We begin the presentation by focusing on why is there a problem. And we wanna first and foremost point out that the issues affecting this school district are issues that are also occurring in other school districts in the state. While there may be some circumstances, and there are circumstances that are unique to one place or another, we know that this funding dilemma and the gap that exists between what the current state funding formula provides and how expenses are being dealt with in school district is not unique to this school district. Although we have our story here that is certainly unique. And again I want to emphasize that it really lies at the heart of it is the constraint between the current formula that was put into place in 1993 which basically asserted that the state provide more resources to schools through the two thirds funding if, in turn, school districts would control their costs in two ways. One was through the revenue cap and the second was through the qualified economic offer. And so that was the kind of exchange or the quid pro quo that was made at that time in public policy; to be able to provide more state funding for schools at the same time to place limitations on how much a school district could spend.
In the document we point out examples of this dilemma as it is affecting some of the top ten school districts in the state. Ranging in, for example Waukesha school district of 2.6 million dollar program and service reduction for the 08/09 school year. The district that I am most recently familiar with, Greenbay with a 6.5 million program and service reduction. And just to point out the difference we mentioned we seen there, we use a wording increase revenue authority that represents their gap but that’s also, its described that way because of having more authority through a successfully passed referendum to exceed the revenue cap within that community. So that is what’s meant by an increase revenue of authority.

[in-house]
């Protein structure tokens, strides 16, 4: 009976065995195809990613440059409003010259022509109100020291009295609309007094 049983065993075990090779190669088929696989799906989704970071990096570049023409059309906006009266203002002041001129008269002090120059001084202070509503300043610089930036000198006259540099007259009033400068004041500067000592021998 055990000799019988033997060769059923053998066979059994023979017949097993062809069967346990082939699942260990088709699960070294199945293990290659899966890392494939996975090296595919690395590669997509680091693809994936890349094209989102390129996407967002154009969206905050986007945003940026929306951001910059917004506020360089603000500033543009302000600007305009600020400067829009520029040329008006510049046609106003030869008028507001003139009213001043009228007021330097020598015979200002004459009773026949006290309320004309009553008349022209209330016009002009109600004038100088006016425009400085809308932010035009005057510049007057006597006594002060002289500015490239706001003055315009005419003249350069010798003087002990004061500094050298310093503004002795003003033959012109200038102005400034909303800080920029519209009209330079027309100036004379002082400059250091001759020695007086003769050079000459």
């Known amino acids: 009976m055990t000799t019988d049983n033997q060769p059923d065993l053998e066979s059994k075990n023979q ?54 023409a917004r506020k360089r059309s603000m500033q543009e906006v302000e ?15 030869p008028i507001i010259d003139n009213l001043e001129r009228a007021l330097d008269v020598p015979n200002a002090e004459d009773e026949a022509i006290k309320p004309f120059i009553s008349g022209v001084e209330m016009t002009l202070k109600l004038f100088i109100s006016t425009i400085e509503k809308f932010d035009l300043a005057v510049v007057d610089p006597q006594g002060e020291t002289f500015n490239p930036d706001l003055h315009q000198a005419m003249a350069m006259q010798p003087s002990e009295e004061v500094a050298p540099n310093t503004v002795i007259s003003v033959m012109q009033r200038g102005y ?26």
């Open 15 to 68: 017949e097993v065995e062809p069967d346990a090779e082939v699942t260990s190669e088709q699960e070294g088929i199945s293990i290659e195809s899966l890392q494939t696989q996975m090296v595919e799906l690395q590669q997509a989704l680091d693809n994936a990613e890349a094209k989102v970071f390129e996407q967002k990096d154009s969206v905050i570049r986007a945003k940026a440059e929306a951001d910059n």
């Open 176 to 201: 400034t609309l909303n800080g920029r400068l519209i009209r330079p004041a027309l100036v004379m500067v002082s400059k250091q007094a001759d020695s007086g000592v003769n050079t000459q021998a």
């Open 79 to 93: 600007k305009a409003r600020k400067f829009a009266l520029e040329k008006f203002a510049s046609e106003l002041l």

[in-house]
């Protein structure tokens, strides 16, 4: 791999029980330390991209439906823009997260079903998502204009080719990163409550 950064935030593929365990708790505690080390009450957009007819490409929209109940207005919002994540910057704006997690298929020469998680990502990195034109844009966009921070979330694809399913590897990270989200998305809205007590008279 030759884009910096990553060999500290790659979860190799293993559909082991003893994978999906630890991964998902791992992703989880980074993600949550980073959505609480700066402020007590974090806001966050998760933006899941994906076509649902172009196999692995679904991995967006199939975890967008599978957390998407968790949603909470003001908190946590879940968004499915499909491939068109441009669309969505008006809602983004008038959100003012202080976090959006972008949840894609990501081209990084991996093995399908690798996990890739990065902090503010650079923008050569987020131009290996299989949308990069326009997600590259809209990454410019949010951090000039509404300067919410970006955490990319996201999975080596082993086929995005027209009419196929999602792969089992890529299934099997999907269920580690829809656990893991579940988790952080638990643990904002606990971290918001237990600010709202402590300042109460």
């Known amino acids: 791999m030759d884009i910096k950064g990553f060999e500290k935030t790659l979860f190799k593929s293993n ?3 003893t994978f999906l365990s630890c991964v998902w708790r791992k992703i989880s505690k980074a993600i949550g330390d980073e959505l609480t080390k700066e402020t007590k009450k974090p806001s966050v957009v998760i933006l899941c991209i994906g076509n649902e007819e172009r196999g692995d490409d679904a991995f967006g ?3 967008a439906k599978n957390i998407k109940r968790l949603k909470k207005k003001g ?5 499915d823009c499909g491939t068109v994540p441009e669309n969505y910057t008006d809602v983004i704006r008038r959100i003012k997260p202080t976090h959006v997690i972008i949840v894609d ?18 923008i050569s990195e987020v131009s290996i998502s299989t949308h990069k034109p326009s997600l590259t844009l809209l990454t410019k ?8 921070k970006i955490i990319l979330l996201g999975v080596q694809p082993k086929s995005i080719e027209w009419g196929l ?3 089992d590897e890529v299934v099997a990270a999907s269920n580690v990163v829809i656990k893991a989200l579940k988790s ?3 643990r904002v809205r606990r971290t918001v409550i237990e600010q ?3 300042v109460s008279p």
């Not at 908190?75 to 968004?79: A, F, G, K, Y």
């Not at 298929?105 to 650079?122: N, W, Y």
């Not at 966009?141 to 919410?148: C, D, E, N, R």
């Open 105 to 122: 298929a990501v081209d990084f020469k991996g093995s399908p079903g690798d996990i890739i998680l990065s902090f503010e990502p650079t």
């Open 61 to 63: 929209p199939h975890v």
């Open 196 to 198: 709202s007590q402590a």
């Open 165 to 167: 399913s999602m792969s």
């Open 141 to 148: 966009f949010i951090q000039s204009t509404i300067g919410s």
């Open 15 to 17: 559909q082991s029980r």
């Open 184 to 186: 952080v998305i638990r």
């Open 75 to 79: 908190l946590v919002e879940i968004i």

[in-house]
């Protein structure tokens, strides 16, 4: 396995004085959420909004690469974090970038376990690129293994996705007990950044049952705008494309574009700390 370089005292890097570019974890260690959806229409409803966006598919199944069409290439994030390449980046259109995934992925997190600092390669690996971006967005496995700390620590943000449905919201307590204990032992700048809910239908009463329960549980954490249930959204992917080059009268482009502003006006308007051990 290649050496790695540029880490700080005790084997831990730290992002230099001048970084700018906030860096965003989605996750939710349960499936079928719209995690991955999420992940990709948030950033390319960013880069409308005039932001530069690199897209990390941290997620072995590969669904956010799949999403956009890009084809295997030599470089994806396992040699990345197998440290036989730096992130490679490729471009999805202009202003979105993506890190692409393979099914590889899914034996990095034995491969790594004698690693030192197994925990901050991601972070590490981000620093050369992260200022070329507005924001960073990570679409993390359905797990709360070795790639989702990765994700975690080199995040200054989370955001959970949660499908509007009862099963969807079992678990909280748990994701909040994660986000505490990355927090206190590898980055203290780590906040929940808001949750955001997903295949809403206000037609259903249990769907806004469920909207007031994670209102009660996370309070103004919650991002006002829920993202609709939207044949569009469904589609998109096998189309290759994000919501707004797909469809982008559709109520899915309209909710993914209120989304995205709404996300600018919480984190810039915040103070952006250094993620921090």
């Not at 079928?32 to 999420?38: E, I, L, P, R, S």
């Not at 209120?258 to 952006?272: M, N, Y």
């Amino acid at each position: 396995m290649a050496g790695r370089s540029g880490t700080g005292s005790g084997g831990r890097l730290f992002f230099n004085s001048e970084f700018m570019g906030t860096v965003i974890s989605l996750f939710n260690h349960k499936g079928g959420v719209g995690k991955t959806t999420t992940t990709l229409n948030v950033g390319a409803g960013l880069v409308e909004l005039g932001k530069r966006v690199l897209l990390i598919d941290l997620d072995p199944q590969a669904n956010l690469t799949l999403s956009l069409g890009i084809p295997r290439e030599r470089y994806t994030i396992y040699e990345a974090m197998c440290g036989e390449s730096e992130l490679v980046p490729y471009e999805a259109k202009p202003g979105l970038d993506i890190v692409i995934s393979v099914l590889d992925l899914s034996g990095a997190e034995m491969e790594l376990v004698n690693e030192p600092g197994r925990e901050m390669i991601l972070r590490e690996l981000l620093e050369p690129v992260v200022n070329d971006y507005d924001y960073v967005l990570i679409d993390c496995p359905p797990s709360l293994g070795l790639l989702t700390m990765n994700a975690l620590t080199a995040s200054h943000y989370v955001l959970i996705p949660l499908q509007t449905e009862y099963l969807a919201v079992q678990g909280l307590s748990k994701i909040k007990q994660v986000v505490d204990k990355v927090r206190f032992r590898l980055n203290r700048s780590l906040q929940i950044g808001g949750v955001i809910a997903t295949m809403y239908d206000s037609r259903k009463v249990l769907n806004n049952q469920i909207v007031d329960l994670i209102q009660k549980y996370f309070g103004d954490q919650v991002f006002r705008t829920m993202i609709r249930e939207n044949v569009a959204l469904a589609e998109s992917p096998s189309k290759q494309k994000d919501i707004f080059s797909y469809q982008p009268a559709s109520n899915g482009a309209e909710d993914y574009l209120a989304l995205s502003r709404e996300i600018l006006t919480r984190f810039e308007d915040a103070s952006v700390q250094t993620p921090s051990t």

Now the funding formula is one that school districts across the state are wrestling with. You know the history that this school district has had in terms of the types of decisions that have been made which we are going to underscore in just a minute to accommodate that funding formula but as I turn this over to Eric for the bulk of the rest of the presentation, I’ll conclude its all with the idea yes there is a need to have school funded but its around the assertion that our kids have to have a high quality education to be successful in the world that they are growing into. And yes we do have a fiscal responsibility to use community resources in the most cost effective manner and the reality of it is there are constraints in meeting that proposition. So with that, and I will return for the conclusion, I’ll turn it to Eric who will provide us with more detail of the nature of the problem.
- $367,806,712 Budget notes and links
- Referendum public forums
- Madison receives a $5.5M grant to fund Teacher Training and Literacy Coordinators as part of the “Small Learning Community Initiative.